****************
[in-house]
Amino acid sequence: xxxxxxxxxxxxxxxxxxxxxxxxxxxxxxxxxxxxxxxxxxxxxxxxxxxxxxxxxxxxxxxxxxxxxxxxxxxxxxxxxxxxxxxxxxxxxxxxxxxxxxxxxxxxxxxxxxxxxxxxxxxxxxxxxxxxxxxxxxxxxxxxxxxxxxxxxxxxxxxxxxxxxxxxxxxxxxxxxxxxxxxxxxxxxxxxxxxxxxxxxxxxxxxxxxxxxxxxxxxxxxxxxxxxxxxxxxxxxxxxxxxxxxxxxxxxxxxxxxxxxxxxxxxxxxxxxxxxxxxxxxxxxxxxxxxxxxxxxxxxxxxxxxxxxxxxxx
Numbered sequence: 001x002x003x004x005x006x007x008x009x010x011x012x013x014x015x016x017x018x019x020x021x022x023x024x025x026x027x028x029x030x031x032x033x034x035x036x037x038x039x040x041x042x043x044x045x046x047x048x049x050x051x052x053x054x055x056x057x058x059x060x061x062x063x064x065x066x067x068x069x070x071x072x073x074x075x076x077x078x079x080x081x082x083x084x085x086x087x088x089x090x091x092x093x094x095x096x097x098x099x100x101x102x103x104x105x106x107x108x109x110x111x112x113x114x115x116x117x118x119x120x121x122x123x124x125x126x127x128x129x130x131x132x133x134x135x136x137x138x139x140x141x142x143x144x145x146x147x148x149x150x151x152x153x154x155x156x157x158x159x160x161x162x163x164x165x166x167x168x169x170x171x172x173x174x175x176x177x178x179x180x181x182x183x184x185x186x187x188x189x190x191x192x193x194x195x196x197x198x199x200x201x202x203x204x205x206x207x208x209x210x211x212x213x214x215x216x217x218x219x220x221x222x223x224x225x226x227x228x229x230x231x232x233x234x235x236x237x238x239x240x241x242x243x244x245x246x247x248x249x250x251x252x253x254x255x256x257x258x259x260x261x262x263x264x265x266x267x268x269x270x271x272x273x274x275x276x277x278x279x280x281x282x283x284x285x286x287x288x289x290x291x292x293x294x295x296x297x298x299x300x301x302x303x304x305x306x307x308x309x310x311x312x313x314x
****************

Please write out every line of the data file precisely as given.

[in-house]
Amino acid sequence: xxxxxxxxxxxxxxxxxxxxxxxxxxxxxxxxxxxxxxxxxxxxxxxxxxxxxxxxxxxxxxxxxxxxxxxxxxxxxxxxxxxxxxxxxxxxxxxxxxxxxxxxxxxxxxxxxxxxxxxxxxxxxxxxxxxxxxxxxxxxxxxxxxxxxxxxxxxxxxxxxxxxxxxxxxxxxxxxxxxxxxxxxxxxxxxxxxxxxxxxxxxxxxxxxxxxxxxxxxxxxxxxxxxxxxxxxxxxxxxxxxxxxxxxxxxxxxxxxxxxxxxxxxxxxxxxxxxxxxxxxxxxxxxxxxxxxxxxxxxxxxxxxxxxxxxxxx
Numbered sequence: 001x002x003x004x005x006x007x008x009x010x011x012x013x014x015x016x017x018x019x020x021x022x023x024x025x026x027x028x029x030x031x032x033x034x035x036x037x038x039x040x041x042x043x044x045x046x047x048x049x050x051x052x053x054x055x056x057x058x059x060x061x062x063x064x065x066x067x068x069x070x071x072x073x074x075x076x077x078x079x080x081x082x083x084x085x086x087x088x089x090x091x092x093x094x095x096x097x098x099x100x101x102x103x104x105x106x107x108x109x110x111x112x113x114x115x116x117x118x119x120x121x122x123x124x125x126x127x128x129x130x131x132x133x134x135x136x137x138x139x140x141x142x143x144x145x146x147x148x149x150x151x152x153x154x155x156x157x158x159x160x161x162x163x164x165x166x167x168x169x170x171x172x173x174x175x176x177x178x179x180x181x182x183x184x185x186x187x188x189x190x191x192x193x194x195x196x197x198x199x200x201x202x203x204x205x206x207x208x209x210x211x212x213x214x215x216x217x218x219x220x221x222x223x224x225x226x227x228x229x230x231x232x233x234x235x236x237x238x239x240x241x242x243x244x245x246x247x248x249x250x251x252x253x254x255x256x257x258x259x260x261x262x263x264x265x266x267x268x269x270x271x272x273x274x275x276x277x278x279x280x281x282x283x284x285x286x287x288x289x290x291x292x293x294x295x296x297x298x299x300x301x302x303x304x305x306x307x308x309x310x311x312x313x314x